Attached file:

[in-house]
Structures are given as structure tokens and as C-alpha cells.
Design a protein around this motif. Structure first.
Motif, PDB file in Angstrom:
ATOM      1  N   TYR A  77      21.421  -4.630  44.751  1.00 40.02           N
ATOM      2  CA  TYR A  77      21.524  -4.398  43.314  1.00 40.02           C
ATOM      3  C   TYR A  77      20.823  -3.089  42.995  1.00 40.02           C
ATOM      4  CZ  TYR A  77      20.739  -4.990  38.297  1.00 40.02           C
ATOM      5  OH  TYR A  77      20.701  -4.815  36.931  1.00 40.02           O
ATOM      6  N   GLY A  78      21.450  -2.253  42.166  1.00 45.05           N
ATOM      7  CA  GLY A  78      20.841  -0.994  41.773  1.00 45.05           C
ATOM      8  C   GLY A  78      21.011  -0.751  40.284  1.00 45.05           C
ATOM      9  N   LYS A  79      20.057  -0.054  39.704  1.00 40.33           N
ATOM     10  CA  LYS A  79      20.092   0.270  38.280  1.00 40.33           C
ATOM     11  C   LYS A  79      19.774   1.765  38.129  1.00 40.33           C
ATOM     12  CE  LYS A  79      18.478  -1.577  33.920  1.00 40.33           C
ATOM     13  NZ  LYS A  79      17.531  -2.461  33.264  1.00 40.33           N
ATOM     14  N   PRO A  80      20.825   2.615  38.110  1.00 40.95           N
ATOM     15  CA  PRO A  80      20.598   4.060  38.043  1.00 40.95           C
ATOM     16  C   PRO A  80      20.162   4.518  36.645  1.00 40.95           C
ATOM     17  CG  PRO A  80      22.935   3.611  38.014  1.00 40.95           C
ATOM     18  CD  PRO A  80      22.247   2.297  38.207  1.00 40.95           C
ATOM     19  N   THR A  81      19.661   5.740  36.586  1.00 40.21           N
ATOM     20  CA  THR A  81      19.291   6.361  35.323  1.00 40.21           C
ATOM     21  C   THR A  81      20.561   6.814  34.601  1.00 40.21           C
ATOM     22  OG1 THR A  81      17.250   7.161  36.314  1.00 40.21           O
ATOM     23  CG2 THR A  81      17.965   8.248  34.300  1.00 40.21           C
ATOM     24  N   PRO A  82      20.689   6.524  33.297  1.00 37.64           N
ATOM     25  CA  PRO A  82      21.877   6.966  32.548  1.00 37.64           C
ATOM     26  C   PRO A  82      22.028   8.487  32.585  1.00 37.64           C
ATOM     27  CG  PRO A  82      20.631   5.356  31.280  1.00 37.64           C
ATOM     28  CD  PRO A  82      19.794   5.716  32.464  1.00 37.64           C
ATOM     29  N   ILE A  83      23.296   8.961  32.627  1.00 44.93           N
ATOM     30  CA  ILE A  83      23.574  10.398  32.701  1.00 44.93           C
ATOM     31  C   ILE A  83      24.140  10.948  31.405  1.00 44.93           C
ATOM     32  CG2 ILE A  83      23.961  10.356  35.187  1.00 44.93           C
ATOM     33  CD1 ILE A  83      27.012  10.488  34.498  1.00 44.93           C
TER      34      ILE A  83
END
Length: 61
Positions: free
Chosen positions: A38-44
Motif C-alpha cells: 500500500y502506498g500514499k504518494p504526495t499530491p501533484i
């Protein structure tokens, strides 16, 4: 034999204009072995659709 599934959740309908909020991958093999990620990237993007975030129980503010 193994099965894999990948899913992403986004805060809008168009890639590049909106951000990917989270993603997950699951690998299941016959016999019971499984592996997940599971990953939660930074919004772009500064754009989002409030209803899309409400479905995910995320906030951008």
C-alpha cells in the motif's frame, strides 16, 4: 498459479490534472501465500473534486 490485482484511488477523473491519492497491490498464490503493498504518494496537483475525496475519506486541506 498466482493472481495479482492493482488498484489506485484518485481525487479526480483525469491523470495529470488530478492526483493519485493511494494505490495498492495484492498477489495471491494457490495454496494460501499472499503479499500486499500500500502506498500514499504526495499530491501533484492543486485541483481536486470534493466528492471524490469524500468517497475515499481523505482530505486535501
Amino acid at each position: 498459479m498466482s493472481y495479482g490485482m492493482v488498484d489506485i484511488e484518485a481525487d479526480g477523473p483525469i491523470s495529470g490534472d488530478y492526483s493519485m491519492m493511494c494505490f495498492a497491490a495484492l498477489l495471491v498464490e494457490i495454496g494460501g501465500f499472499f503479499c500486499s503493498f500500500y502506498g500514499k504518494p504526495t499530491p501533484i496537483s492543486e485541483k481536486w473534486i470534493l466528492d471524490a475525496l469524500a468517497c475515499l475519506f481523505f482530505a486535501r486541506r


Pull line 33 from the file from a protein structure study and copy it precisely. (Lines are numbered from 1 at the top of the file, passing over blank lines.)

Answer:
ATOM     29  N   ILE A  83      23.296   8.961  32.627  1.00 44.93           N